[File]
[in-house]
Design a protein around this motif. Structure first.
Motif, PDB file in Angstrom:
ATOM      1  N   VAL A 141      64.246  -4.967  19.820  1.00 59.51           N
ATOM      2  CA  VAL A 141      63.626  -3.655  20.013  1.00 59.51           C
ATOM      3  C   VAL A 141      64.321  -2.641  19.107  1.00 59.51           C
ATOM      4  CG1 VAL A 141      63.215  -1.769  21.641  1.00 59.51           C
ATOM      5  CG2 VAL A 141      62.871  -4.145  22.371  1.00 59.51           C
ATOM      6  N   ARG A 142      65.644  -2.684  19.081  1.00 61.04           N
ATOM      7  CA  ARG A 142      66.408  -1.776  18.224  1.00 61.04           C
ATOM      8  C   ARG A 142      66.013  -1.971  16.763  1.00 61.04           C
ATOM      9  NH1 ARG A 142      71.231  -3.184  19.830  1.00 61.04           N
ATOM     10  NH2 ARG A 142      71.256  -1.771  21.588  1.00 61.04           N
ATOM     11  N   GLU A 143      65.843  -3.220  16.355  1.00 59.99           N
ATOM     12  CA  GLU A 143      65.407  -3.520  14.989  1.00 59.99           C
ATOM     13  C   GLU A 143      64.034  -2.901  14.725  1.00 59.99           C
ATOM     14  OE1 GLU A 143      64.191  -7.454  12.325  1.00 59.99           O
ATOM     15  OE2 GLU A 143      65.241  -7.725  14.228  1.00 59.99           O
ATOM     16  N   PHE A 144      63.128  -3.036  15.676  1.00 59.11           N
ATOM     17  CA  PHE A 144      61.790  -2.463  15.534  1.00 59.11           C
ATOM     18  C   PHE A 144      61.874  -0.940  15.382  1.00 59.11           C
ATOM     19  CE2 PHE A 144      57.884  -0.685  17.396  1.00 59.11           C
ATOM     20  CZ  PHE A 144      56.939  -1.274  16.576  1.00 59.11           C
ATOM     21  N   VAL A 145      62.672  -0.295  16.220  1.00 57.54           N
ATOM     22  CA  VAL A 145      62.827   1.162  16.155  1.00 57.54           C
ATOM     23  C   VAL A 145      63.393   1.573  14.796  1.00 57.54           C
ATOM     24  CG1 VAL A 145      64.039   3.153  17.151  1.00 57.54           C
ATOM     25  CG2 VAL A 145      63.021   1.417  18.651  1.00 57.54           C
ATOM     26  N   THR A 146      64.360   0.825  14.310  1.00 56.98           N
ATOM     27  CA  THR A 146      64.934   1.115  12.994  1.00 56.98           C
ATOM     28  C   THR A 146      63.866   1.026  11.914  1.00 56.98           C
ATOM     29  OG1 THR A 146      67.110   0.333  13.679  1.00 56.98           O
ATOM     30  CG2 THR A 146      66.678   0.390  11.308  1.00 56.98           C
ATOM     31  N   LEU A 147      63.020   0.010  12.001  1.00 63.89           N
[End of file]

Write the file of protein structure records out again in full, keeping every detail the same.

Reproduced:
[in-house]
Design a protein around this motif. Structure first.
Motif, PDB file in Angstrom:
ATOM      1  N   VAL A 141      64.246  -4.967  19.820  1.00 59.51           N
ATOM      2  CA  VAL A 141      63.626  -3.655  20.013  1.00 59.51           C
ATOM      3  C   VAL A 141      64.321  -2.641  19.107  1.00 59.51           C
ATOM      4  CG1 VAL A 141      63.215  -1.769  21.641  1.00 59.51           C
ATOM      5  CG2 VAL A 141      62.871  -4.145  22.371  1.00 59.51           C
ATOM      6  N   ARG A 142      65.644  -2.684  19.081  1.00 61.04           N
ATOM      7  CA  ARG A 142      66.408  -1.776  18.224  1.00 61.04           C
ATOM      8  C   ARG A 142      66.013  -1.971  16.763  1.00 61.04           C
ATOM      9  NH1 ARG A 142      71.231  -3.184  19.830  1.00 61.04           N
ATOM     10  NH2 ARG A 142      71.256  -1.771  21.588  1.00 61.04           N
ATOM     11  N   GLU A 143      65.843  -3.220  16.355  1.00 59.99           N
ATOM     12  CA  GLU A 143      65.407  -3.520  14.989  1.00 59.99           C
ATOM     13  C   GLU A 143      64.034  -2.901  14.725  1.00 59.99           C
ATOM     14  OE1 GLU A 143      64.191  -7.454  12.325  1.00 59.99           O
ATOM     15  OE2 GLU A 143      65.241  -7.725  14.228  1.00 59.99           O
ATOM     16  N   PHE A 144      63.128  -3.036  15.676  1.00 59.11           N
ATOM     17  CA  PHE A 144      61.790  -2.463  15.534  1.00 59.11           C
ATOM     18  C   PHE A 144      61.874  -0.940  15.382  1.00 59.11           C
ATOM     19  CE2 PHE A 144      57.884  -0.685  17.396  1.00 59.11           C
ATOM     20  CZ  PHE A 144      56.939  -1.274  16.576  1.00 59.11           C
ATOM     21  N   VAL A 145      62.672  -0.295  16.220  1.00 57.54           N
ATOM     22  CA  VAL A 145      62.827   1.162  16.155  1.00 57.54           C
ATOM     23  C   VAL A 145      63.393   1.573  14.796  1.00 57.54           C
ATOM     24  CG1 VAL A 145      64.039   3.153  17.151  1.00 57.54           C
ATOM     25  CG2 VAL A 145      63.021   1.417  18.651  1.00 57.54           C
ATOM     26  N   THR A 146      64.360   0.825  14.310  1.00 56.98           N
ATOM     27  CA  THR A 146      64.934   1.115  12.994  1.00 56.98           C
ATOM     28  C   THR A 146      63.866   1.026  11.914  1.00 56.98           C
ATOM     29  OG1 THR A 146      67.110   0.333  13.679  1.00 56.98           O
ATOM     30  CG2 THR A 146      66.678   0.390  11.308  1.00 56.98           C
ATOM     31  N   LEU A 147      63.020   0.010  12.001  1.00 63.89           N